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Today's Family Magazine

11 ways your family can salute a veteran

Oct 28, 2019 06:45PM
By Christa Melnyk Hines

During this month of Thanksgiving, don't forget our military service members. Many organizations and veterans groups offer ways to help support and show gratitude to members of the armed forces. Help a veteran, a deployed service member and military families know that you appreciate their sacrifices. Here's how:

1) Help an expectant military mom.  Nothing relieves a soldier's worries than knowing his family is supported back home.  Soldiers' Angels Baby Brigade (formerly Operation Top Knot), an organization started by college student Audri Cid in 2003, is a nationwide network of individuals who sew, knit and create gift baskets to support new and expectant mothers whose husbands are deployed.  To donate baby blankets, diapers, bottles, clothing and other items, visit www.soldiersangels.org/Baby-Brigade-Team.

2) Write a letter.  Remind veterans and their families that you're thinking about them and appreciate their commitment to our nation.  Write a letter to a deployed soldier, a wounded warrior or a veteran who has served in past wars through OperationGratitude.com or a military family through Operation Appreciation sponsored by Blue Star Families, www.bluestarfam.org.

3) Support their furry friends.  Raise money to go toward fostering pets of active duty service members, wounded warriors and homeless veterans.  Guardian Angels for Soldier's Pet is a non-profit organization that finds qualified foster families to care for pets while soldiers are deployed or when military families transfer overseas.  The foster families also care for pets whose warriors have died.  Visit https://gafsp.org for more info.

4) Contribute to Paralyzed Veterans of America.  This organization supports veterans who suffer from a spinal cord injury.  Participate in one of the organization's sporting events or fundraisers, make a monetary donation or collect and donate bags of clothing, shoes, belts, hats, books, CDs and small household goods.  For more information, visit www.pva.org.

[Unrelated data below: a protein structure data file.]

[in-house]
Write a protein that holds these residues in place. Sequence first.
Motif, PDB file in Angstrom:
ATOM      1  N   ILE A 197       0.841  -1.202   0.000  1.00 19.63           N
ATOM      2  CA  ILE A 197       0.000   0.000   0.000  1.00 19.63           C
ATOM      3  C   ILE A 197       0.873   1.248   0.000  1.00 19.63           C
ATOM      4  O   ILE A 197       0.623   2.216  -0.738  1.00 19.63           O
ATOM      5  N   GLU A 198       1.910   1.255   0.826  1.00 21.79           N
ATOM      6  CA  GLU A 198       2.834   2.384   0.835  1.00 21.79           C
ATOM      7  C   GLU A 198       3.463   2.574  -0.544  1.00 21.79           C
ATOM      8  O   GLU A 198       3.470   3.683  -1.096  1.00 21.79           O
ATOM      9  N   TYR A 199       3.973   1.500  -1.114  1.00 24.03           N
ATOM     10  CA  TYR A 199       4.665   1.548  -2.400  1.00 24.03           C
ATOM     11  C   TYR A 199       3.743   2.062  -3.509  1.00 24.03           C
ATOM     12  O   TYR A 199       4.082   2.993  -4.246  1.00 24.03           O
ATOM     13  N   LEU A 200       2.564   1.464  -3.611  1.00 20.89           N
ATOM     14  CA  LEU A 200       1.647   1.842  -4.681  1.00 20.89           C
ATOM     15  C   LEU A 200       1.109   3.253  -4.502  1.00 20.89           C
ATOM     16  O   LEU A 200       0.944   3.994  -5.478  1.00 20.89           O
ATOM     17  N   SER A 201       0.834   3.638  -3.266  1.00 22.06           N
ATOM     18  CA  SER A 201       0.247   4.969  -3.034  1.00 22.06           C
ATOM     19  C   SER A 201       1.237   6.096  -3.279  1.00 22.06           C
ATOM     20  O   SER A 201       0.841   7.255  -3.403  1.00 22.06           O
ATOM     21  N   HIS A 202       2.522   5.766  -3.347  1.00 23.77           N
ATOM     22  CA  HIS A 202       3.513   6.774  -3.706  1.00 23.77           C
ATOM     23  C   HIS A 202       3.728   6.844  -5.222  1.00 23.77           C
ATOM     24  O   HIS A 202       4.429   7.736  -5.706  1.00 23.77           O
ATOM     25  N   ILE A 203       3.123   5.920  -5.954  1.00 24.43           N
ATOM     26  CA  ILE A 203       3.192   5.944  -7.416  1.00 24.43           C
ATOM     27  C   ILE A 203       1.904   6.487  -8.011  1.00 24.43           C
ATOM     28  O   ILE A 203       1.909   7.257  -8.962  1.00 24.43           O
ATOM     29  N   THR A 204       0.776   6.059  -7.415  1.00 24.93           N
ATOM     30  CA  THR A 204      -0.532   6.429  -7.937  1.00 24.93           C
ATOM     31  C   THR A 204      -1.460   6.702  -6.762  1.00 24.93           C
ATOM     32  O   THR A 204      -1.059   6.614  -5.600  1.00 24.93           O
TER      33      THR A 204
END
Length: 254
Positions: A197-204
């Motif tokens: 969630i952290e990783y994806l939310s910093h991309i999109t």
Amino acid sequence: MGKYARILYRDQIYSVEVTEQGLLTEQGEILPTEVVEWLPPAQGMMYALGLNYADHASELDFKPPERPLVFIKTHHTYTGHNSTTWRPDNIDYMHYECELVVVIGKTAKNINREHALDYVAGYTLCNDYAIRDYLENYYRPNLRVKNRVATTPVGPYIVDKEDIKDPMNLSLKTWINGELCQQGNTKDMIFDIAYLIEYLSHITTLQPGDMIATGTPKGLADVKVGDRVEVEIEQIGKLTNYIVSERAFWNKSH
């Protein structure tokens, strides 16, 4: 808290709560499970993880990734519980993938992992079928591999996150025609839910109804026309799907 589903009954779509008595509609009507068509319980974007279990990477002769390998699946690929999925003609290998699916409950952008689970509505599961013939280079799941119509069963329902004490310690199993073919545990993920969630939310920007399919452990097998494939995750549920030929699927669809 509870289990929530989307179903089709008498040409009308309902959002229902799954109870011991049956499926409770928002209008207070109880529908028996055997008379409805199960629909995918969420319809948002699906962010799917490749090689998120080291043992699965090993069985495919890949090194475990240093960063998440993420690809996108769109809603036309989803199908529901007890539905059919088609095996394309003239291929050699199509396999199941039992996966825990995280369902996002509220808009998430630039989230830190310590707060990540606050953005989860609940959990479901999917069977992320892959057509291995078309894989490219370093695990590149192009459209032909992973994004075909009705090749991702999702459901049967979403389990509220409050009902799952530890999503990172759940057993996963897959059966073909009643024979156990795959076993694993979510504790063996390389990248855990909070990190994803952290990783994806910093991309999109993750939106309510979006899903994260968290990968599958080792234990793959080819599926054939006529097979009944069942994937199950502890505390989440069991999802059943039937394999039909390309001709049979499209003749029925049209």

5) Assist disabled and wounded veterans. Volunteer at your local Veterans Affairs (VA) hospital or help disabled veterans whether running errands, doing yard work or assisting them with transportation.  Contact www.dav.org for more information.  Also, check out the Wounded Warrior Project for other ways to help injured service members.

6) Help them call home.  Veterans of Foreign Wars (VFW) supports and assists military veterans and their families through a variety of programs, including Operation Uplink.  The program enables service members and hospitalized veterans to make free calls back home to loved ones for three days each month.  Go to www.VFW.com to find out how you can make a donation.

7) Aid service dogs.  PatriotPaws trains dogs to serve disabled veterans.  You can volunteer to help the organization by bathing and walking dogs, running errands or fundraising. For more information visit www.patriotpaws.org.

8) Clip coupons.  Don't toss your expired coupons!  Military families stationed overseas can use coupons for up to six months past the expiration dates.  Visit www.coupsfortroops.com for drop-off sites or to find out where to mail your coupons.

9) Donate DVDs. DVDS4Vets is a nonprofit organization started by Dr. Richard Landis, an orthopedic surgeon who helped build clinics in Afghanistan, and James F. Nicholson, who served as an Air Force pilot in Korea between 1950 and 1953.  Landis and Nicholson saw a need to provide basic entertainment for veterans who returned home with traumatic brain injuries and other serious wounds and were undergoing long-term rehabilitation.  To donate used or new DVDs to veterans, visit www.dvds4vets.org.

10) Send a care package.  Soldiers who are serving far from home look forward to receiving mail.  Visit Anysoldier.com to learn how to send a letter and what is appropriate for care packages.  If you'd like to help support a veteran who does not have family to assist in the transition to home and civilian life, check out the Adopt a Veteran program through SoldiersAngels.org.  Those who volunteer to be an Adopting Angel make a 12-month commitment to send a letter each week and a small gift once a month, tailored to the individual veteran's specific needs.

11) Say thank you.  If you see a soldier in uniform or a veteran, a simple "thank you for your service" is a considerate way to express your gratitude.  For more ways to thank a vet, visit www.kidsthankavet.com.

Christa Melnyk Hines, daughter of retired USAF SMSgt. Walter Melnyk, is thankful for all of our veterans and their families for their sacrifices and service.